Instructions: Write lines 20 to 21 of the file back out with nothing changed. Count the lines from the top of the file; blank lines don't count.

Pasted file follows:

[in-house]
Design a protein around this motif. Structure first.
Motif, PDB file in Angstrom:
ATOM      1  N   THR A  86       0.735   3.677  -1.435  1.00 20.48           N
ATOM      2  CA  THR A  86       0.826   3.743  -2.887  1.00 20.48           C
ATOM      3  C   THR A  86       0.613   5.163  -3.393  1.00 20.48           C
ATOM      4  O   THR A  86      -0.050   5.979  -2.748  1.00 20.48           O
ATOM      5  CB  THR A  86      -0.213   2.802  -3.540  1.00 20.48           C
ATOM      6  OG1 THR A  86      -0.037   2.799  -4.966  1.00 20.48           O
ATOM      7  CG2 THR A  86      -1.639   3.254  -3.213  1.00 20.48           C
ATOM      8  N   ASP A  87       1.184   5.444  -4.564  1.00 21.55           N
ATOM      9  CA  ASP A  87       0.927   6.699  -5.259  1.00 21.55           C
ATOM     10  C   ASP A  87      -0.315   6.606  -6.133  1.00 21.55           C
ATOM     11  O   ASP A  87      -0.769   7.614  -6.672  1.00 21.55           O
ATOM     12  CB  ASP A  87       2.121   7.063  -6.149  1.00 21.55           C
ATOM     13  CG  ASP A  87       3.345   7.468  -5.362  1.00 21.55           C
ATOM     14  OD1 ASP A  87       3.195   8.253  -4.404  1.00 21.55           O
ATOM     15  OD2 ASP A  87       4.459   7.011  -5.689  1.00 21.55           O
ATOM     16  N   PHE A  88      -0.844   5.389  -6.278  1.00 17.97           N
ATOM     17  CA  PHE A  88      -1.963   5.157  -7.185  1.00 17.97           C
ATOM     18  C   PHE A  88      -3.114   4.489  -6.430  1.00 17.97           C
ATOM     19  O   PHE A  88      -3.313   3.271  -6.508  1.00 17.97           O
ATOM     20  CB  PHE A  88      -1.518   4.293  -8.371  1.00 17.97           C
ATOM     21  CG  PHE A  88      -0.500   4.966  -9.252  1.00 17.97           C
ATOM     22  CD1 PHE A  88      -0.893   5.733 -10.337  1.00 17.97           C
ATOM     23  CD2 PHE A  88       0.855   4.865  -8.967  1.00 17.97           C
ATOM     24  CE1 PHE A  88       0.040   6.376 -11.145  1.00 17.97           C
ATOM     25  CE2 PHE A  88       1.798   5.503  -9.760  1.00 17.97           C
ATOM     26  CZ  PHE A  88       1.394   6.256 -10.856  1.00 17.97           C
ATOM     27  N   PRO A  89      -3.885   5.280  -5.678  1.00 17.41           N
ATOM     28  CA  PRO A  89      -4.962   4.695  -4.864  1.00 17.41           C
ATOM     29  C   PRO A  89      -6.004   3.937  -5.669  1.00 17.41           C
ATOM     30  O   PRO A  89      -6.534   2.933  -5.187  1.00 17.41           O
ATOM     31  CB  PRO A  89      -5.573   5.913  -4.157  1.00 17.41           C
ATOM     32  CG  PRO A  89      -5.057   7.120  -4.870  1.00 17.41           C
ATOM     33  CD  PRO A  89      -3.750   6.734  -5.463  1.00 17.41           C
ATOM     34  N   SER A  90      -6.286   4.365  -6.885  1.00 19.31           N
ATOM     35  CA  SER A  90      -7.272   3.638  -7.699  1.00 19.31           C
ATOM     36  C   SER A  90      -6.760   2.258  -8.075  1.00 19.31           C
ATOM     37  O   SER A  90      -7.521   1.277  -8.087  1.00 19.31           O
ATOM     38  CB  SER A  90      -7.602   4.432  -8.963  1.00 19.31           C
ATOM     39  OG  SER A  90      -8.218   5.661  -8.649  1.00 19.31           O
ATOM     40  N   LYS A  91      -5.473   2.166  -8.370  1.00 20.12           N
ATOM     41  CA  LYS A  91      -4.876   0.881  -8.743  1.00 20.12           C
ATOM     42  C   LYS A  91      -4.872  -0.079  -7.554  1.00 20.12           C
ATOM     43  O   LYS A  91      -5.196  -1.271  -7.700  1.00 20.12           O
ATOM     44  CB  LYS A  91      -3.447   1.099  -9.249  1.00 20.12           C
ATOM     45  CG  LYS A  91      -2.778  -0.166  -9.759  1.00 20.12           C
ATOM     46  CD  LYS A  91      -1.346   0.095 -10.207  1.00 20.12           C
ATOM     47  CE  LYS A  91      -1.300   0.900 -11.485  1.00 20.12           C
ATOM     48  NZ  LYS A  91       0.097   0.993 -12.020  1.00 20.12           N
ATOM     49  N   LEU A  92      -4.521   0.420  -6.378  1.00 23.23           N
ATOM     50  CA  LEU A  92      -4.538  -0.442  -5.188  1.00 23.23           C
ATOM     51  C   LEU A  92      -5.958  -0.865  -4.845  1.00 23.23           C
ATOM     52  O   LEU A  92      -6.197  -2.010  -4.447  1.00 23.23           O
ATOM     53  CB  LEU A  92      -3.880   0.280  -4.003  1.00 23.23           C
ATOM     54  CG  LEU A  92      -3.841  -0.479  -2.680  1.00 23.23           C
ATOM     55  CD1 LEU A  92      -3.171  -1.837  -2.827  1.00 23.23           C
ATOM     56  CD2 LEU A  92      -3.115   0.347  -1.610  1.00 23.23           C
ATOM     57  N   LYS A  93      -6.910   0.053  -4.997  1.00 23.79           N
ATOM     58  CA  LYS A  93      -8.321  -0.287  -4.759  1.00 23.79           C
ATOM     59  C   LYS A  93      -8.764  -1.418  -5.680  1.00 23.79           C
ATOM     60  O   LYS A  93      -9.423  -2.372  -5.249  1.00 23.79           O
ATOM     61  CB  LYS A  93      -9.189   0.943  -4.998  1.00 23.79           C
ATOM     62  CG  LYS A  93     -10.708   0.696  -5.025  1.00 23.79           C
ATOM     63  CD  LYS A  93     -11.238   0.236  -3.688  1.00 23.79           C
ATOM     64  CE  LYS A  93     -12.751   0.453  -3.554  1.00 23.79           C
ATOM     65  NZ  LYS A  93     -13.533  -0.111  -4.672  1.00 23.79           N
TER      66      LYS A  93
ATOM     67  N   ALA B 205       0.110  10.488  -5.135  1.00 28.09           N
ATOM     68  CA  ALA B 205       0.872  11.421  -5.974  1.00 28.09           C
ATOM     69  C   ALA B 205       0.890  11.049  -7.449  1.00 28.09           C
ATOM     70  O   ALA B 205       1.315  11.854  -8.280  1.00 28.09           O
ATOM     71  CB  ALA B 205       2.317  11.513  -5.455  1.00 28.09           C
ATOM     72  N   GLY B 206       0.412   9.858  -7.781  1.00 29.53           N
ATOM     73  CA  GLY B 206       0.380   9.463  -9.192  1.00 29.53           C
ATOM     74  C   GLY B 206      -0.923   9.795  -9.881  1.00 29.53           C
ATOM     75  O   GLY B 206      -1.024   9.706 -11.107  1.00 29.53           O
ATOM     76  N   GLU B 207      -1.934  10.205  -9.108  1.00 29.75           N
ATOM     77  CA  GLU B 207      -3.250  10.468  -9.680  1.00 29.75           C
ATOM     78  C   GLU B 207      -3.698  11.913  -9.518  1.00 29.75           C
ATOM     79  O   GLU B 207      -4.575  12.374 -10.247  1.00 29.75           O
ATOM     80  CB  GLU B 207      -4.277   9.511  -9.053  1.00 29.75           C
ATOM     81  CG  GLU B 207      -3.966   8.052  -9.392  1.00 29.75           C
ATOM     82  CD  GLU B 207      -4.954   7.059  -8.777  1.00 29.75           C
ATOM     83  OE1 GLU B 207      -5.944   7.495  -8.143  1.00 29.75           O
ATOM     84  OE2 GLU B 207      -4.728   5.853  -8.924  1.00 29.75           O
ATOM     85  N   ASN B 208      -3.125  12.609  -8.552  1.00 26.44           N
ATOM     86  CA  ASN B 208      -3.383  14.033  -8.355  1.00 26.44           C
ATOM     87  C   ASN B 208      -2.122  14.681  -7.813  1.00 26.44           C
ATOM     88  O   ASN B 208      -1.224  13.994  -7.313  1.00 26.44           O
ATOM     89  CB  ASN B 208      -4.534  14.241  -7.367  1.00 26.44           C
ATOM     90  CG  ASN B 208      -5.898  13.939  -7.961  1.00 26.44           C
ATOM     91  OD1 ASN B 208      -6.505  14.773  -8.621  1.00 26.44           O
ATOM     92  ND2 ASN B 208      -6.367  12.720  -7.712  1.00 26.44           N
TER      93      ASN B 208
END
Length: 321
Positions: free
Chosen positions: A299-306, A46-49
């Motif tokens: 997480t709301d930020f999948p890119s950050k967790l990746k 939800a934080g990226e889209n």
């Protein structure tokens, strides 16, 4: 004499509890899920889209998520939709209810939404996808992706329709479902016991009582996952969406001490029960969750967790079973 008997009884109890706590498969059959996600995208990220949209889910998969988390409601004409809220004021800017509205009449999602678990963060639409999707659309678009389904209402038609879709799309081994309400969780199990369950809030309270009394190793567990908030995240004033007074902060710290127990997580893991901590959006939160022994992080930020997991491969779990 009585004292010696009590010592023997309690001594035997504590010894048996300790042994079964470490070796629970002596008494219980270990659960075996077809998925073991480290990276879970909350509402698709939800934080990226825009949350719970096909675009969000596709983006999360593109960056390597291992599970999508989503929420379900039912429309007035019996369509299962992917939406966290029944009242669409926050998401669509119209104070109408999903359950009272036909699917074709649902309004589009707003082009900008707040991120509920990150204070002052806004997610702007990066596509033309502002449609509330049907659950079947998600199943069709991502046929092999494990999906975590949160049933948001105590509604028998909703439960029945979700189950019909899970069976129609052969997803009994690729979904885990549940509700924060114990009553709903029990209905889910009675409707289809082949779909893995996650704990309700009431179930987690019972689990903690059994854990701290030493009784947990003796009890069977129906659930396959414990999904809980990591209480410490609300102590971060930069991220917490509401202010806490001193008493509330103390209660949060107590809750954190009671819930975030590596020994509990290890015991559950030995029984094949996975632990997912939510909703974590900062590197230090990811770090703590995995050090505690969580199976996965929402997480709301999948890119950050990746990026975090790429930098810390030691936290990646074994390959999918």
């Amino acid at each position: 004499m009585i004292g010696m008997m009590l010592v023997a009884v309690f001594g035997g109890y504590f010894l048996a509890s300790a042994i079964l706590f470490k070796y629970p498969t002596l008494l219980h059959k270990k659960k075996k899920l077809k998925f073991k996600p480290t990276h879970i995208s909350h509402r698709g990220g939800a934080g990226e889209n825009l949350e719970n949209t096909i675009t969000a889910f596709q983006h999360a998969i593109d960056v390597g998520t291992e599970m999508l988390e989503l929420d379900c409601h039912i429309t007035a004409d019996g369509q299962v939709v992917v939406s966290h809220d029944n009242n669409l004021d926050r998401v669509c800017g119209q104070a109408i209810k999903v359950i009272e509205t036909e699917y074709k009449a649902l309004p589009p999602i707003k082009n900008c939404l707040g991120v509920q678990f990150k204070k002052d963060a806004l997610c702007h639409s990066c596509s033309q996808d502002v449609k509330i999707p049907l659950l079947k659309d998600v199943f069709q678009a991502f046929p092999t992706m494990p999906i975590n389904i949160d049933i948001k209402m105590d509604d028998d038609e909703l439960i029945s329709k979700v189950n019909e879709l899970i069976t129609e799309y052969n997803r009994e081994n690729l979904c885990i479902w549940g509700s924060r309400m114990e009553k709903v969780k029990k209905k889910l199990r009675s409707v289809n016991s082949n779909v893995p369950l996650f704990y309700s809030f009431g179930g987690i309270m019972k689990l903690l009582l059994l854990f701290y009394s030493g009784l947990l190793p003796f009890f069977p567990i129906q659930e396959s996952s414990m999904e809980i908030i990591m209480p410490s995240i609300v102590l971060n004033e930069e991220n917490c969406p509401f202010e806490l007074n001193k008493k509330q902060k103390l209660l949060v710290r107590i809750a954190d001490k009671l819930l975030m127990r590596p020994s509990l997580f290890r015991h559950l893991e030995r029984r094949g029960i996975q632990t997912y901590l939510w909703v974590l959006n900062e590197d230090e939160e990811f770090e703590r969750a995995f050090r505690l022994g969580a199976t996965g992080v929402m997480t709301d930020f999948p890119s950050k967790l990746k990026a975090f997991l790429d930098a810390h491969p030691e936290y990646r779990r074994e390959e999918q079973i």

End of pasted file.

ATOM     17  CA  PHE A  88      -1.963   5.157  -7.185  1.00 17.97           C
ATOM     18  C   PHE A  88      -3.114   4.489  -6.430  1.00 17.97           C